The attributable mortality and length of intensive care unit stay of clinically important gastrointestinal bleeding in critically ill patients
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Posted By: Gordon S. Doig
E-Mail: gdoig@med.usyd.edu.au
Posted Date: 4 July 2002
Title: The attributable mortality and length of intensive care unit stay of clinically important gastrointestinal bleeding in critically ill patients
Authors: Deborah J. Cook, Lauren E. Griffith, Stephen D. Walter, Gordon H. Guyatt, Maureen O. Meade, Daren K. Heyland, Ann Kirby, Michael Tryba, and for the Canadian
Reference: Crit Care. 2001; 5 (6): 368-375
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Abstract: Objective: To estimate the mortality and length of stay in the intensive care unit (ICU) attributable to clinically important gastrointestinal bleeding in mechanically ventilated critically ill patients.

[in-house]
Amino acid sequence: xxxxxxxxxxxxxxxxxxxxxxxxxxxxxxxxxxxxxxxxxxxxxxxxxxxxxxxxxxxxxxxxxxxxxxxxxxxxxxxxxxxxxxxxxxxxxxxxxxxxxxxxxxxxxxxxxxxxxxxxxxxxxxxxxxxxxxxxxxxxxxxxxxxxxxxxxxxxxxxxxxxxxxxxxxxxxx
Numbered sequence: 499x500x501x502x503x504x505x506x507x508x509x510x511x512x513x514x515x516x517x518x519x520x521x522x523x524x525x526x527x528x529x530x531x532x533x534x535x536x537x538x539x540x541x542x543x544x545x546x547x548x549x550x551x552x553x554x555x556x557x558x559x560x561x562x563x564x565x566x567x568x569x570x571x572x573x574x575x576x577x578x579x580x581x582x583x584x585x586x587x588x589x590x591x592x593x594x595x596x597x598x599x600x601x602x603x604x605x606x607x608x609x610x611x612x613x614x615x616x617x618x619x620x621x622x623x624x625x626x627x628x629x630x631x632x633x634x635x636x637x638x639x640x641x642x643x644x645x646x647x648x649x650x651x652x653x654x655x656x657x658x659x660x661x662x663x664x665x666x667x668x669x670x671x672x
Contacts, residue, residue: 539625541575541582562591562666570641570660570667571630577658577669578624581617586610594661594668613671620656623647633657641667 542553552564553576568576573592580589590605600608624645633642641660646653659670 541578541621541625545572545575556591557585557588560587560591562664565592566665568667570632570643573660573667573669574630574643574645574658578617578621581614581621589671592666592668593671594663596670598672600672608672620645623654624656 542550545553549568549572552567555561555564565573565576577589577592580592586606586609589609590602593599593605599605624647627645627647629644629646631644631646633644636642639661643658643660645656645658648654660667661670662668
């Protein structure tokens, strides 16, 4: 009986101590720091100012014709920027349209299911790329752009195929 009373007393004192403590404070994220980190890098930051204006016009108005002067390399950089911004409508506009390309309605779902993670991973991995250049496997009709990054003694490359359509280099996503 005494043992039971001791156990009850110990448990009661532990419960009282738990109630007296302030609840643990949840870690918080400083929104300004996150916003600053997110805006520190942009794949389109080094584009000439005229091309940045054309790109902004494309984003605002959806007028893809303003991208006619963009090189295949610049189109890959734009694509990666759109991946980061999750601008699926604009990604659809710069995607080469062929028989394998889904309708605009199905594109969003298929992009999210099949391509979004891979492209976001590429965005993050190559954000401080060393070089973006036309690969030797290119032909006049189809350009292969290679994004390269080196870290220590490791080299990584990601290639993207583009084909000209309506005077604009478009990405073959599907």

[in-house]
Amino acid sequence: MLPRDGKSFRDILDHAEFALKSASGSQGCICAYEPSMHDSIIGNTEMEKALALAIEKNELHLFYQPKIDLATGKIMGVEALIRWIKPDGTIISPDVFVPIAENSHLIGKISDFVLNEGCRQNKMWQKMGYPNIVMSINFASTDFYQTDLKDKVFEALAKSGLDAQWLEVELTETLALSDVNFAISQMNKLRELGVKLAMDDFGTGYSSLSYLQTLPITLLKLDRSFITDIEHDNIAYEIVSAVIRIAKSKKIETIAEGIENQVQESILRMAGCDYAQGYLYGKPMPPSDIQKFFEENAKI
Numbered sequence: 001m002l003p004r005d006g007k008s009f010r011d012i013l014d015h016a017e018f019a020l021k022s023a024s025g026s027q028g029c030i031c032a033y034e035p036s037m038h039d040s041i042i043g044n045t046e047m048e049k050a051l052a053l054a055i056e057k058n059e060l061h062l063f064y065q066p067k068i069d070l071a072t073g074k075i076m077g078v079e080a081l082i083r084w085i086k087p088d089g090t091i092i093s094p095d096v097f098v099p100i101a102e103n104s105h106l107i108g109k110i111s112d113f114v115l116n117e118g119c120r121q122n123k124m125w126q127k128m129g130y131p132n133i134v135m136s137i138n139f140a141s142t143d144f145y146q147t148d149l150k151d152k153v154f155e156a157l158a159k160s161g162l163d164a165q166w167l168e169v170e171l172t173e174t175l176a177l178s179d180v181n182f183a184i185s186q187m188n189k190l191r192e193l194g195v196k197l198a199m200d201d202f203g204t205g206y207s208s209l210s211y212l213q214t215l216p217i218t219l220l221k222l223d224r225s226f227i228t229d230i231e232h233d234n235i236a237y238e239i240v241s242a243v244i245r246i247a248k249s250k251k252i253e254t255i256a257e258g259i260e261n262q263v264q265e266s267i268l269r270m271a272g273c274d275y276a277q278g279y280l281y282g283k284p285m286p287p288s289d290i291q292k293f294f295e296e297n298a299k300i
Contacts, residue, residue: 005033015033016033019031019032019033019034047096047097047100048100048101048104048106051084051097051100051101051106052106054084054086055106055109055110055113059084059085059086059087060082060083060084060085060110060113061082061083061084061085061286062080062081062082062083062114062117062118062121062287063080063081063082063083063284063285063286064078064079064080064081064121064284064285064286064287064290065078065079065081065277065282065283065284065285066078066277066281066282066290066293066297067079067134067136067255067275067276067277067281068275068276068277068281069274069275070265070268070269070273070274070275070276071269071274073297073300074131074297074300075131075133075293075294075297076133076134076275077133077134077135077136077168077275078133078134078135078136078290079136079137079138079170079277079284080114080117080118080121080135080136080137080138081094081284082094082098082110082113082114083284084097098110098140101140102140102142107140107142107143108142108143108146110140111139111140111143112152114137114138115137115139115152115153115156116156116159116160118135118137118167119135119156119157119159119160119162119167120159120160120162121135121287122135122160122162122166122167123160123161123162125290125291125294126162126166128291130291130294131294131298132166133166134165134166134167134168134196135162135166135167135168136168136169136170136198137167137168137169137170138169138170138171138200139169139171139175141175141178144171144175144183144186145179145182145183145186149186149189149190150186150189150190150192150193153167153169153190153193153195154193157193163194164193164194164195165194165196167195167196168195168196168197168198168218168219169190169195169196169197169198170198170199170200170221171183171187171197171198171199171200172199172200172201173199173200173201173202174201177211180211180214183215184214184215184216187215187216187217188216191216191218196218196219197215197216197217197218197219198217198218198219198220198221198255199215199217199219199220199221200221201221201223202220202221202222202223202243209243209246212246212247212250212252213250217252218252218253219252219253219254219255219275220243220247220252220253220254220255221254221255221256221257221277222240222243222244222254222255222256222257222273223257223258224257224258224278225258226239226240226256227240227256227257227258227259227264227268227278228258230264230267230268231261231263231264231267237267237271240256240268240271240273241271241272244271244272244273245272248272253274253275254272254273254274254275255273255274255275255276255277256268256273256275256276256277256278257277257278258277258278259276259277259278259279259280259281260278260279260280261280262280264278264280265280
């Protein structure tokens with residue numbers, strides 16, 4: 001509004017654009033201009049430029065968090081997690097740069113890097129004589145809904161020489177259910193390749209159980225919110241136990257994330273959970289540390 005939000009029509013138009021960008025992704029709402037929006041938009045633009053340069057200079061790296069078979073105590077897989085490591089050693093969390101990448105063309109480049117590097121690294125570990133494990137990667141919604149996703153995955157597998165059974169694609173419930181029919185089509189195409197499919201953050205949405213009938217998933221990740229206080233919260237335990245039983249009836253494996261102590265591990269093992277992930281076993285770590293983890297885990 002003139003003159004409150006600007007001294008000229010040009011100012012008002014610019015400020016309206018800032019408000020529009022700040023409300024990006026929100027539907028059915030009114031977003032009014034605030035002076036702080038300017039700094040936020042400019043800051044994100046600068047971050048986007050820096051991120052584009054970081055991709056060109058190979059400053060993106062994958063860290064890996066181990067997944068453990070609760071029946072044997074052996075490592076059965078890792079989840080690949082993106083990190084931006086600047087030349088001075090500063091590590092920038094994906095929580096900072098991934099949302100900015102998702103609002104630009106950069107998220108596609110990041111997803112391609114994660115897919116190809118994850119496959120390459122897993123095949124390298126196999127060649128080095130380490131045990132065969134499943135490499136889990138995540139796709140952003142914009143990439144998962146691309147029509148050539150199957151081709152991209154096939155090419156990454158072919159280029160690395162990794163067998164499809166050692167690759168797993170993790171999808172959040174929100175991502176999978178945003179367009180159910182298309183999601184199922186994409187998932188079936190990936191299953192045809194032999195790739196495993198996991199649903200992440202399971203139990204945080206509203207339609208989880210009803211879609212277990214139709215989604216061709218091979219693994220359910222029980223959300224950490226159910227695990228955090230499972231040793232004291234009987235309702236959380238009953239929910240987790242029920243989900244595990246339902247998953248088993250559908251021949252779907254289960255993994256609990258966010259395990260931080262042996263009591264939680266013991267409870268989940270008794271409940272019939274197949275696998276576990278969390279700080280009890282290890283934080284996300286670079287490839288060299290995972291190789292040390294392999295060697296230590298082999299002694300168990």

Design: Three strategies were used to estimate the mortality attributable to bleeding in two multicentre databases. The first method matched patients who bled with those who did not (matched cohort), using duration of ICU stay prior to the bleed, each of six domains of the Multiple Organ Dysfunction Score (MODS) measured 3 days prior to the bleed, APACHE II score, age, admitting diagnosis, and duration of mechanical ventilation. The second approach employed Cox proportional hazards regression to match bleeding and non-bleeding patients (model-based matched cohort). The third method, instead of matching, derived estimates based on regression modelling using the entire population (regression method). Three parallel analyses were conducted for the length of ICU stay attributable to clinically important bleeding.
Setting: Sixteen Canadian university-affiliated ICUs.
Patients: A total of 1666 critically ill patients receiving mechanical ventilation for at least 48 hours.